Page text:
The professor further commented: "We don't have absolute certainty what the Word of God is in every place in the New Testament, (namely that in ¼ of 1% of textual variants are occurrences which are viable) but we can tell you this. Even though this is a meaningful and viable variant, we don't know of any Church denomination, Bible College or Seminary, or theological institute that emphasizes the number of the beast being 666 or 616, the exact methodology of casting out demons as their key doctrinal tenets, or any that believe these to be a core, critical component to the overall message of the Gospel. "

Apparently, Dr. Bart Ehrman also agrees in general.

Professor Daniel Wallace commented:

"WHAT CORE THEOLOGICAL TENETS OF CHRISTIANITY ARE AFFECTED OR JEOPARDIZED BY THESE TEXTUAL VARIANTS? Well, we can have Bart Ehrman answer that question for us. In the paperback version of his book, "Misquoting Jesus," which was done six months after his hardback book came out, the editors added in some teasers that they threw into the appendix on the paperback version. They asked Bart Ehrman in Q&A format: "Why do you believe these core tenets of Christian orthodoxy to be in jeopardy based on the scribal errors you discovered in the biblical manuscripts?" Bart Ehrman, the author of "Misquoting Jesus," answered: "Essential Christian beliefs are not affected by textual variants in the manuscript tradition of the New Testament." Ironically the popular source behind most of the skeptics of the manuscript tradition, even the other writers, typically is Bart Ehrman. Yet what they claim is not even what Bart Ehrman said or believes, that essential Christianity looked different in the original Gospels- that is not the case. "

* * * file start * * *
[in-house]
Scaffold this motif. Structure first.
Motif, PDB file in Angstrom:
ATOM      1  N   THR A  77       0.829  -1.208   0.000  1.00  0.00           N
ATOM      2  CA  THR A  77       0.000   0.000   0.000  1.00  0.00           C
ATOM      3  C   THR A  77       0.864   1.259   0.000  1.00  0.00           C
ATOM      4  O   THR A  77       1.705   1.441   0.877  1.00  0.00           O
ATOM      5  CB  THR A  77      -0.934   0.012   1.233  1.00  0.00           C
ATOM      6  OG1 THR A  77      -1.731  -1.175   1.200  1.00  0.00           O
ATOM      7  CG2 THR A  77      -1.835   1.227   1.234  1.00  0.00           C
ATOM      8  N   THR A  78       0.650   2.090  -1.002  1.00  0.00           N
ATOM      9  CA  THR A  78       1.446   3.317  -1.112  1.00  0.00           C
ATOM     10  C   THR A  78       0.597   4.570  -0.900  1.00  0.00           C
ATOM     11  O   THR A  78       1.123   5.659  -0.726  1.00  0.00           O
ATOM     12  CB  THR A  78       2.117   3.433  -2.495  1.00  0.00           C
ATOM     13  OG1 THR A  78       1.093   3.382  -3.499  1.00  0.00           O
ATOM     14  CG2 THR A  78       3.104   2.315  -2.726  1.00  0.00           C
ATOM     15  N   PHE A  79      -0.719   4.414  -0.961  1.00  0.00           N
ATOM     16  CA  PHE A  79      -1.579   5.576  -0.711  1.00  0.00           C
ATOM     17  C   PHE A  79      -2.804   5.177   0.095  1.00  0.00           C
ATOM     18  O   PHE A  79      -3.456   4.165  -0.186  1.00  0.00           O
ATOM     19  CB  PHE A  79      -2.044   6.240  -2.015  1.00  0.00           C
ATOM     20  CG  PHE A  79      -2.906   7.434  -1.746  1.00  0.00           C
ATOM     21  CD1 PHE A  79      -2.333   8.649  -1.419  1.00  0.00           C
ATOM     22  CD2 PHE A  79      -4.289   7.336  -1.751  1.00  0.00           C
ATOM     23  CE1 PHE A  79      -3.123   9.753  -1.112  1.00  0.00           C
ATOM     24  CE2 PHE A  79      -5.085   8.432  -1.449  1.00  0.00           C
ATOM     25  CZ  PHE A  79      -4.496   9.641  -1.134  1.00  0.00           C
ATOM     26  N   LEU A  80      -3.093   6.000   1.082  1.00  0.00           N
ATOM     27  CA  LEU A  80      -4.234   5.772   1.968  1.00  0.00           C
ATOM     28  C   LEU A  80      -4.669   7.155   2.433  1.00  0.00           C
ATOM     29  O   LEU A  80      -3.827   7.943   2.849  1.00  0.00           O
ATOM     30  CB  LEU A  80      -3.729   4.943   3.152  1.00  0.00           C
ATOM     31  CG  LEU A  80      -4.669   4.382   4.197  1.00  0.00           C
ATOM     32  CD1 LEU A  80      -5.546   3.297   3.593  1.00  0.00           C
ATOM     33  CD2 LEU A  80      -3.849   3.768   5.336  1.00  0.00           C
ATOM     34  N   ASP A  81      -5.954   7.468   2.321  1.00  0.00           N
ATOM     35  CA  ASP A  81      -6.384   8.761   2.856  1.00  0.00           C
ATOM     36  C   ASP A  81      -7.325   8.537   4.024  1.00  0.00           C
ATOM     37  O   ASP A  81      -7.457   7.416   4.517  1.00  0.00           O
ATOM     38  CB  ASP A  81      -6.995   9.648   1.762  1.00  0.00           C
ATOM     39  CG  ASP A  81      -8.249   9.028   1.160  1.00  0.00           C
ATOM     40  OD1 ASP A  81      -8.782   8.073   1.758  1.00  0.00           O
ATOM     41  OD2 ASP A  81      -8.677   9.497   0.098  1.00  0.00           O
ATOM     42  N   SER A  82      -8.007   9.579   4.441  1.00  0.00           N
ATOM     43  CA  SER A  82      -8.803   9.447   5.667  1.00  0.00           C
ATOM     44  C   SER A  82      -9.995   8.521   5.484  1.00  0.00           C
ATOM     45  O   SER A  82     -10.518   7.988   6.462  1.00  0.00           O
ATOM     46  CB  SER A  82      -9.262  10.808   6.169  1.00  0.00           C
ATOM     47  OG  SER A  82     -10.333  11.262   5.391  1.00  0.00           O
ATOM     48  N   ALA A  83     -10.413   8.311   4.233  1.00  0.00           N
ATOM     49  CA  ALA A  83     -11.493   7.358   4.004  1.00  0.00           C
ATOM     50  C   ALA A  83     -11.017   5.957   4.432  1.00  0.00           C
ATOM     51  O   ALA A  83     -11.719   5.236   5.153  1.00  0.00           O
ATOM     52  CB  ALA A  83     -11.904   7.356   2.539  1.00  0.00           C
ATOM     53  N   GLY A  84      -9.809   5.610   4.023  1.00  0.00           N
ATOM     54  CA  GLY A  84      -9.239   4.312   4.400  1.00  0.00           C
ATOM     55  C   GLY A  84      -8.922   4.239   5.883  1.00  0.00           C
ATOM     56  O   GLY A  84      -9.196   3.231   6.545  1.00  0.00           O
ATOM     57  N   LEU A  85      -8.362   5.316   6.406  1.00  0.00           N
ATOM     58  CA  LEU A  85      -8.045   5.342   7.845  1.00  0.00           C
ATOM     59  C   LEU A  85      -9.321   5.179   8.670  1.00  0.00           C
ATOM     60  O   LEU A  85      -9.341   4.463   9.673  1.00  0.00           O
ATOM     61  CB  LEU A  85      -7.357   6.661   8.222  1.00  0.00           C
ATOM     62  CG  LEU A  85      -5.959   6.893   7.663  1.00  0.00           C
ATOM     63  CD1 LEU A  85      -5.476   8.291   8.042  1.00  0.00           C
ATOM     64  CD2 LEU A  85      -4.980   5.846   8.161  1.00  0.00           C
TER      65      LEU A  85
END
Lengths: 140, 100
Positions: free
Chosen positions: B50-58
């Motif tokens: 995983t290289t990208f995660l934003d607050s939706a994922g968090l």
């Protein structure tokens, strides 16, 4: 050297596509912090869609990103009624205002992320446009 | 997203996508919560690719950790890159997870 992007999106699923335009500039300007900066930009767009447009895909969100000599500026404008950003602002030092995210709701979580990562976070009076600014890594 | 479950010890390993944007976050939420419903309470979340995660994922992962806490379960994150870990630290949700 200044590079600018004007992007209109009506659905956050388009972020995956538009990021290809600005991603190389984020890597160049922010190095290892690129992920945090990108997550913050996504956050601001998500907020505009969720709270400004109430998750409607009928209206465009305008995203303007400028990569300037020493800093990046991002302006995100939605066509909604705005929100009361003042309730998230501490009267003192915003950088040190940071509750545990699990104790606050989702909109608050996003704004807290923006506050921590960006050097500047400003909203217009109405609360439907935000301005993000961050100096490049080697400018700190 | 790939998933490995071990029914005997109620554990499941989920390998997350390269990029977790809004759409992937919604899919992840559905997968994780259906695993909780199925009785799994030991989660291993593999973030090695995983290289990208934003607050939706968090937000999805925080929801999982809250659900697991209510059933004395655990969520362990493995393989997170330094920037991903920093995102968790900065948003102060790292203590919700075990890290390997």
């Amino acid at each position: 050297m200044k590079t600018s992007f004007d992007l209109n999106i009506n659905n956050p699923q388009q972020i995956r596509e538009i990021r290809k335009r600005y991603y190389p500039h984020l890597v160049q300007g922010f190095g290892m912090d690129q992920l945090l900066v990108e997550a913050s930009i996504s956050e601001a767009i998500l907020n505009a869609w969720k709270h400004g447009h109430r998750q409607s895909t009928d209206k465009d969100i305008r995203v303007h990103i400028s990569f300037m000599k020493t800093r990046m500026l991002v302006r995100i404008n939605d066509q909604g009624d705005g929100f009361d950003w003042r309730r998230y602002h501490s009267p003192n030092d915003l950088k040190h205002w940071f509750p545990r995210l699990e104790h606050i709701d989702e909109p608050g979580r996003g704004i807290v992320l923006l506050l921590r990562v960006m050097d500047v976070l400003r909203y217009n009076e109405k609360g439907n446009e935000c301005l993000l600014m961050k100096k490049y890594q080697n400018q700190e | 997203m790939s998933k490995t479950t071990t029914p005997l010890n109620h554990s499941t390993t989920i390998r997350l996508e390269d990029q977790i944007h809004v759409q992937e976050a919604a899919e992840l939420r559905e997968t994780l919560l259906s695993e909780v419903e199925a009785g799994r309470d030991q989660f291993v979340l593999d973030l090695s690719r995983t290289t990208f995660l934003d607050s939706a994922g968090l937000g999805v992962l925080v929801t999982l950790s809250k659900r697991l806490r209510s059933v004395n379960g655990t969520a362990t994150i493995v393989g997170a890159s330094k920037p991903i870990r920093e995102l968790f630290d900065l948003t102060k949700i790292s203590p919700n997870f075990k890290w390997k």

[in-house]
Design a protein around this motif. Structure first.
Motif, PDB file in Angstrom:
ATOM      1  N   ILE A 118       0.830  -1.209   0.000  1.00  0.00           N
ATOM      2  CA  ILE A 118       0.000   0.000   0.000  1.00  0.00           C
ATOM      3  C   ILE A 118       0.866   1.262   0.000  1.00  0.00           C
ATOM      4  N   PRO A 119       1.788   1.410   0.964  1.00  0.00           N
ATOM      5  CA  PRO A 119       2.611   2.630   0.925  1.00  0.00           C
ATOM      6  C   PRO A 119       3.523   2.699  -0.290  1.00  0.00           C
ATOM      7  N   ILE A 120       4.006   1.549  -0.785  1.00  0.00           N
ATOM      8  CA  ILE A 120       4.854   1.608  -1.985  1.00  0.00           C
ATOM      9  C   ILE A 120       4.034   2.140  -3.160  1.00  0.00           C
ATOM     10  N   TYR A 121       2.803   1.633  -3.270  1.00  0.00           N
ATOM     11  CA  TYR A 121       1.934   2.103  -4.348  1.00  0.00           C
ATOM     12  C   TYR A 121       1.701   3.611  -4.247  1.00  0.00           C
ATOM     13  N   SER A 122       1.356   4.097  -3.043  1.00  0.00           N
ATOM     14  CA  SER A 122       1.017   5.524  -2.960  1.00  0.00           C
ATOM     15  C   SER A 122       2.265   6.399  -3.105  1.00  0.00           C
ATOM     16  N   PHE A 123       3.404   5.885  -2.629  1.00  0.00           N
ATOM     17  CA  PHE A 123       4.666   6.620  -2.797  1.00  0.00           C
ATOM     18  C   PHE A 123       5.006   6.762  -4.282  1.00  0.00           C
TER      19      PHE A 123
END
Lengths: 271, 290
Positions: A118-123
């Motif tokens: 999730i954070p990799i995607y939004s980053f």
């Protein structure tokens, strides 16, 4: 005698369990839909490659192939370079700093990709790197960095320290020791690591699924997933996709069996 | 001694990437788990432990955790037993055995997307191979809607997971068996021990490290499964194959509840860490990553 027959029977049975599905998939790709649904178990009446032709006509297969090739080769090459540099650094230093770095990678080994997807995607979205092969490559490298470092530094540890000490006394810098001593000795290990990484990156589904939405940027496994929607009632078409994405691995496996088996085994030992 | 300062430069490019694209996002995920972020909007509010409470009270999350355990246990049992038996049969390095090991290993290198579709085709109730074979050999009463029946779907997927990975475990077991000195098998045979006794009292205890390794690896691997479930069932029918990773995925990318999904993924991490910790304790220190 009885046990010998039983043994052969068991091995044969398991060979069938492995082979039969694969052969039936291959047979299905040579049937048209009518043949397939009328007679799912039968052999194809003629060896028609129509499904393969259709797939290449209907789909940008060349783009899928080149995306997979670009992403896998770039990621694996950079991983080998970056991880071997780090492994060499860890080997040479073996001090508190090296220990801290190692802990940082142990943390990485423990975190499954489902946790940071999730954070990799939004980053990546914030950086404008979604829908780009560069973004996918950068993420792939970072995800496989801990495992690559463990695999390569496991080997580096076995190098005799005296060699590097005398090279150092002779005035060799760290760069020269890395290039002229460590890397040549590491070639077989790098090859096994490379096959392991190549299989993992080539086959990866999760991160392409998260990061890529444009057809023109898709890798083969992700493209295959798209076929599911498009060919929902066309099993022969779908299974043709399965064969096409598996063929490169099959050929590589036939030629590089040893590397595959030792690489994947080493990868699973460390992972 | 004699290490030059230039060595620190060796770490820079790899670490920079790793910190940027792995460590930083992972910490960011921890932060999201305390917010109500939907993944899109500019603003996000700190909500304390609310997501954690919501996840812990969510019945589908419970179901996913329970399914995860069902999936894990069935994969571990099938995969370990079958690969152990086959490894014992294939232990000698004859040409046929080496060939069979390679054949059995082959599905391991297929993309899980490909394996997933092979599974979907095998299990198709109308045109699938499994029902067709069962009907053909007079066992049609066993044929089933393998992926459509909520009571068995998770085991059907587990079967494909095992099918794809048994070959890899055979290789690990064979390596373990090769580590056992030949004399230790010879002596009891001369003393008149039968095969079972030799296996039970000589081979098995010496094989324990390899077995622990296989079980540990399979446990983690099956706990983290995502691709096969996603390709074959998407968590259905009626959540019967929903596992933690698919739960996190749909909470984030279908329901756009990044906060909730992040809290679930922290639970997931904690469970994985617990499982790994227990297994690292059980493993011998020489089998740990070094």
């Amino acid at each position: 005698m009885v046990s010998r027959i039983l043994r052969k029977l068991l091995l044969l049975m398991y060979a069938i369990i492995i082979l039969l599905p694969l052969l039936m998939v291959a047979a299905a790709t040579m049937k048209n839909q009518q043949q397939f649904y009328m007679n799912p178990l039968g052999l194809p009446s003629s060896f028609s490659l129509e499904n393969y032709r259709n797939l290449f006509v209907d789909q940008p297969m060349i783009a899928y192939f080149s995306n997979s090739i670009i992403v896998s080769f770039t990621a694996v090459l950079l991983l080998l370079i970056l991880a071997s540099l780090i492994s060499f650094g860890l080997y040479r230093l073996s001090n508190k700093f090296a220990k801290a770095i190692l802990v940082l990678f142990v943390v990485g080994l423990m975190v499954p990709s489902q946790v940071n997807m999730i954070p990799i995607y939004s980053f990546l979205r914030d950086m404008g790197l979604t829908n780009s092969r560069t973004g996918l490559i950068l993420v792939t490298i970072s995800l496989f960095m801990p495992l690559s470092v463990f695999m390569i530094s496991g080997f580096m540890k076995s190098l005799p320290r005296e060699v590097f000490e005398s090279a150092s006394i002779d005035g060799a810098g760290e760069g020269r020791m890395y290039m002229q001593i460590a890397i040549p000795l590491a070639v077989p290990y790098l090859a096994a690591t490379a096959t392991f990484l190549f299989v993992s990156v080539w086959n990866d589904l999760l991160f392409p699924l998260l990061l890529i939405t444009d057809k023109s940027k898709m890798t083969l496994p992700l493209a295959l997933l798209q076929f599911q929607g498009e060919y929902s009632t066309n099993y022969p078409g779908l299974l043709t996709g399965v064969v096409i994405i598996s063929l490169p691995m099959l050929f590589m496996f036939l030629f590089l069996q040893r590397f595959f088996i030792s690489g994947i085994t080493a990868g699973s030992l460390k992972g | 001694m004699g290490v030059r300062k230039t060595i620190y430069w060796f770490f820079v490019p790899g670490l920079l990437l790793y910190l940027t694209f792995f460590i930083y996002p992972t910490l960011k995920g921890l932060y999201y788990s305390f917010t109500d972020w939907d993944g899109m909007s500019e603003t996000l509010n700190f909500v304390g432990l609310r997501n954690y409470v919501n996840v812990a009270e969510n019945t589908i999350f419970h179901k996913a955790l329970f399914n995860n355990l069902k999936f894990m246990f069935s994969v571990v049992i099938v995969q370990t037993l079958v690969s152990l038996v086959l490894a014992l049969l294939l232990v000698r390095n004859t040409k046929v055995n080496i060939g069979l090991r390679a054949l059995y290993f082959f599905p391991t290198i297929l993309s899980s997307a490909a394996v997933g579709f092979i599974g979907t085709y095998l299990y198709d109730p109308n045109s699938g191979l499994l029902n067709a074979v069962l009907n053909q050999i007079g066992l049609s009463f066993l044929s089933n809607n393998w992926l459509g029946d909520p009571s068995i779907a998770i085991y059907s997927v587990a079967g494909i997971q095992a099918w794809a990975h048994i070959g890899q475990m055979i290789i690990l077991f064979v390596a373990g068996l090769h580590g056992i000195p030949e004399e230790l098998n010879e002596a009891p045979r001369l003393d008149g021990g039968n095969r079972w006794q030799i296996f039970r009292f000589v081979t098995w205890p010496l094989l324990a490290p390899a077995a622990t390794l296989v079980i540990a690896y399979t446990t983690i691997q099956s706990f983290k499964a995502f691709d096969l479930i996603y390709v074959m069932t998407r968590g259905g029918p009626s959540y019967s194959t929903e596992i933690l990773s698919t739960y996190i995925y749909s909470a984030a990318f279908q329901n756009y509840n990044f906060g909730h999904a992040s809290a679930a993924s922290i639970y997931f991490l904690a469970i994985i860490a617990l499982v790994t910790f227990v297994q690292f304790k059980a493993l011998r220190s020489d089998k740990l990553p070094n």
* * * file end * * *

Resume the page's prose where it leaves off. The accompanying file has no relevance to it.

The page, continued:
"I (Daniel Wallace) have used this quote in debates with Bart Ehrman, and he cannot refute it because he knows that he said it. Classically, I save that quote for the end to keep the debates exciting and long. Interestingly, a few months after they released the paperback version, it was quietly taken out of the (successive prints of the) paperback version of "Misquoting Jesus" because it hurt sales. "

Another interesting fact pointed out by the professor was that the gap between the timing of the actual events and the earliest manuscript appearance is exceedingly short when compared to other classical Greek works, which is a strong point for the Biblical reliability.